A Slice of Life is a Belgian post-punk band with a 80s vibe, authors of Restless, one of the albums of 2018 that you should have listened to. With them, we are starting our series of interviews to the artists that are going to play at W-Fest 2020. In their concert in the Belgian festival on the 24th of May, they will give as a piece of their experiences, a piece of their souls… a slice of life.

—How was the band created? I read that everything began when Dirk met online Guy Wilssens.

—Yes, that’s correct. Somewhere in 2014, Dirk and Guy met online and made a Bauhaus’s cover. Late 2015, Guy had worked out a few instrumental songs and asked Dirk to do some vocals. They found it sounded good and wanted to play those songs live. In 2016, they started looking for musicians

—Slice of Life is the name of a Bauhaus’s song. Also the first song made by Dirk and Guy was a cover of She’s in Parties. Would you say that the most important influence of the band is Peter’s Murphy’s band or The Cure?

—No, we do not think those bands are our biggest influences. The band name was also chosen more or less as a reference to our first cooperation before there were original songs. Of course because of our age and preferences these bands are influences but also for example Joy Division, Chameleons, Pixies, Interpol… are influences.

—Which modern bands are an influence for the band?

—We are six and all have our own influences from The Editors to Rammstein… It’s this blend that makes our sound.

—Dirk, where do you find inspiration for your lyrics?

—I do not consider myself as a good writer and lyrics are hard to find for me. I almost always let the song and the music dictate the lyrics to me. I do not have a book with notes or little poems or whatever available. I listen to the music over and over and over again and sometimes a phrase starts to popup or a singing line and then the rest rolls out. One of the main reasons to call the band A Slice Of Life was not only the reference to Bauhaus, but the fact that the music and lyrics needed to be an expression of what happens/happened in my, in our, in everybody’s daily life. The concerns we have about ourselves, others, society… the pleasure, the pain we encounter during our lives. A song as “Panic Attack” or “Life As It Is” for example is very personal and autobiographical. A song as “Restless Gods” is personal as well but reflects more on society.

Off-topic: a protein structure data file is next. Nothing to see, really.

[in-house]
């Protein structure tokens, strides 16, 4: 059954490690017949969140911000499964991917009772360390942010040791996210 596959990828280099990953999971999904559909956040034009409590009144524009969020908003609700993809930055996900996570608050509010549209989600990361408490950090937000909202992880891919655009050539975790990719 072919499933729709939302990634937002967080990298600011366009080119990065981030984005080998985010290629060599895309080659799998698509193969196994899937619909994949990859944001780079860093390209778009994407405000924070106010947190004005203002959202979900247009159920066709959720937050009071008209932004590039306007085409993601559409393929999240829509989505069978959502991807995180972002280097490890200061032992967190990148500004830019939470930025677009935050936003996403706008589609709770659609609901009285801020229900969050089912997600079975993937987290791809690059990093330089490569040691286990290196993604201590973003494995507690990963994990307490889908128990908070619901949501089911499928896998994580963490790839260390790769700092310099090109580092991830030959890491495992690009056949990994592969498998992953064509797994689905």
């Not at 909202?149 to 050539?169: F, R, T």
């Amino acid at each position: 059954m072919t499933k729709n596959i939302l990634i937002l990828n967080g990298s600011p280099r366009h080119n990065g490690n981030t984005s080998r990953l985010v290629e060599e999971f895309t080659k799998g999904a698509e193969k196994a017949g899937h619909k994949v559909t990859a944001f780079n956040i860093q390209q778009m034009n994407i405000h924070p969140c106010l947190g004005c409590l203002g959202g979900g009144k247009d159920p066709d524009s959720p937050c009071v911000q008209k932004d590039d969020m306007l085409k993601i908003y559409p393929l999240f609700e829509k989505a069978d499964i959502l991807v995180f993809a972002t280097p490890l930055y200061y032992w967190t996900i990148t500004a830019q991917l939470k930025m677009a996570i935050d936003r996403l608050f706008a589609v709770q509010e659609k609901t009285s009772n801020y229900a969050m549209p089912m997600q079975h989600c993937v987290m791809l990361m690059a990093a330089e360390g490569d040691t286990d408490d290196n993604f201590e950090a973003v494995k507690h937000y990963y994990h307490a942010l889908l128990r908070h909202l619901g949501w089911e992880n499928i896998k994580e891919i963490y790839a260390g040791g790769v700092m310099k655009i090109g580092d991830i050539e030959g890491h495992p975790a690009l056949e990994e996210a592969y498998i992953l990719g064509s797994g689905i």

—From a duo, the band developed to a sextet quite quickly. Was it to be able to play live?

—Yes indeed. When we made the home demo, we started to realize that even if we released an album as a two-piece project, we would love to try to bring this live as well. But therefore we needed to form a band.

—How would you say that each member of the band contribute to the sound of A slice of life?

—Whereas most of the songs on our first album were based on demos made by Guy, we tend, more and more, to write songs from scratch during rehearsals, where everyone adds it’s touch and brings new ideas or new directions.

—For a band like yours, do you think you could have had better luck in the 80s or nowadays?